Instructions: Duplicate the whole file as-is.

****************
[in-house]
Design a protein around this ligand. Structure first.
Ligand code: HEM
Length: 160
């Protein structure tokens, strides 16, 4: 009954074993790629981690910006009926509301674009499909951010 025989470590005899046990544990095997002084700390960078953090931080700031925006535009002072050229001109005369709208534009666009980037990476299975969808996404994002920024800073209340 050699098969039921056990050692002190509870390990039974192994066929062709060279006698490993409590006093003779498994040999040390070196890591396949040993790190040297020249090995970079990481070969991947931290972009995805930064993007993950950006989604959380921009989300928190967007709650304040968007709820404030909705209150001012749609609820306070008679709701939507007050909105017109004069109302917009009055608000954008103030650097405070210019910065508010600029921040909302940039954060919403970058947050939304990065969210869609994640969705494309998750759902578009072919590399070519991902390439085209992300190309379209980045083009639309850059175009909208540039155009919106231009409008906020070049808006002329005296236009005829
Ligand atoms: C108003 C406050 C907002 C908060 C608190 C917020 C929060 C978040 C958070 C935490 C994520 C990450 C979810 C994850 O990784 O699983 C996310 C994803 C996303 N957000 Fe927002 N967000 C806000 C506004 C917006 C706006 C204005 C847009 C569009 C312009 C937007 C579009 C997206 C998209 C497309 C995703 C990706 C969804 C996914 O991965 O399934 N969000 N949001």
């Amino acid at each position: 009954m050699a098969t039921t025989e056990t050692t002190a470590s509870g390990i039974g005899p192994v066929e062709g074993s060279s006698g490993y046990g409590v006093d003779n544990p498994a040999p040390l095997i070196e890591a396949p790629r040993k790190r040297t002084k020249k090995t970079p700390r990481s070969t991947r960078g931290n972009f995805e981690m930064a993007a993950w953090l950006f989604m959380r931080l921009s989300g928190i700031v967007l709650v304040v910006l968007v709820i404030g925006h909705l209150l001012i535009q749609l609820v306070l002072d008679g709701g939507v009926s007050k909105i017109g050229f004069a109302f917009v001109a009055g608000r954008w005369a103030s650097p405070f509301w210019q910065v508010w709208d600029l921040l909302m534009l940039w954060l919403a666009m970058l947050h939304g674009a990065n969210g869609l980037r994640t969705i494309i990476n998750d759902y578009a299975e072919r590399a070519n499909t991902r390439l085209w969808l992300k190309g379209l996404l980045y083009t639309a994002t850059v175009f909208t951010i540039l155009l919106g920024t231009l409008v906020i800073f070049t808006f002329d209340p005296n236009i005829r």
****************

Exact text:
[in-house]
Design a protein around this ligand. Structure first.
Ligand code: HEM
Length: 160
């Protein structure tokens, strides 16, 4: 009954074993790629981690910006009926509301674009499909951010 025989470590005899046990544990095997002084700390960078953090931080700031925006535009002072050229001109005369709208534009666009980037990476299975969808996404994002920024800073209340 050699098969039921056990050692002190509870390990039974192994066929062709060279006698490993409590006093003779498994040999040390070196890591396949040993790190040297020249090995970079990481070969991947931290972009995805930064993007993950950006989604959380921009989300928190967007709650304040968007709820404030909705209150001012749609609820306070008679709701939507007050909105017109004069109302917009009055608000954008103030650097405070210019910065508010600029921040909302940039954060919403970058947050939304990065969210869609994640969705494309998750759902578009072919590399070519991902390439085209992300190309379209980045083009639309850059175009909208540039155009919106231009409008906020070049808006002329005296236009005829
Ligand atoms: C108003 C406050 C907002 C908060 C608190 C917020 C929060 C978040 C958070 C935490 C994520 C990450 C979810 C994850 O990784 O699983 C996310 C994803 C996303 N957000 Fe927002 N967000 C806000 C506004 C917006 C706006 C204005 C847009 C569009 C312009 C937007 C579009 C997206 C998209 C497309 C995703 C990706 C969804 C996914 O991965 O399934 N969000 N949001």
């Amino acid at each position: 009954m050699a098969t039921t025989e056990t050692t002190a470590s509870g390990i039974g005899p192994v066929e062709g074993s060279s006698g490993y046990g409590v006093d003779n544990p498994a040999p040390l095997i070196e890591a396949p790629r040993k790190r040297t002084k020249k090995t970079p700390r990481s070969t991947r960078g931290n972009f995805e981690m930064a993007a993950w953090l950006f989604m959380r931080l921009s989300g928190i700031v967007l709650v304040v910006l968007v709820i404030g925006h909705l209150l001012i535009q749609l609820v306070l002072d008679g709701g939507v009926s007050k909105i017109g050229f004069a109302f917009v001109a009055g608000r954008w005369a103030s650097p405070f509301w210019q910065v508010w709208d600029l921040l909302m534009l940039w954060l919403a666009m970058l947050h939304g674009a990065n969210g869609l980037r994640t969705i494309i990476n998750d759902y578009a299975e072919r590399a070519n499909t991902r390439l085209w969808l992300k190309g379209l996404l980045y083009t639309a994002t850059v175009f909208t951010i540039l155009l919106g920024t231009l409008v906020i800073f070049t808006f002329d209340p005296n236009i005829r």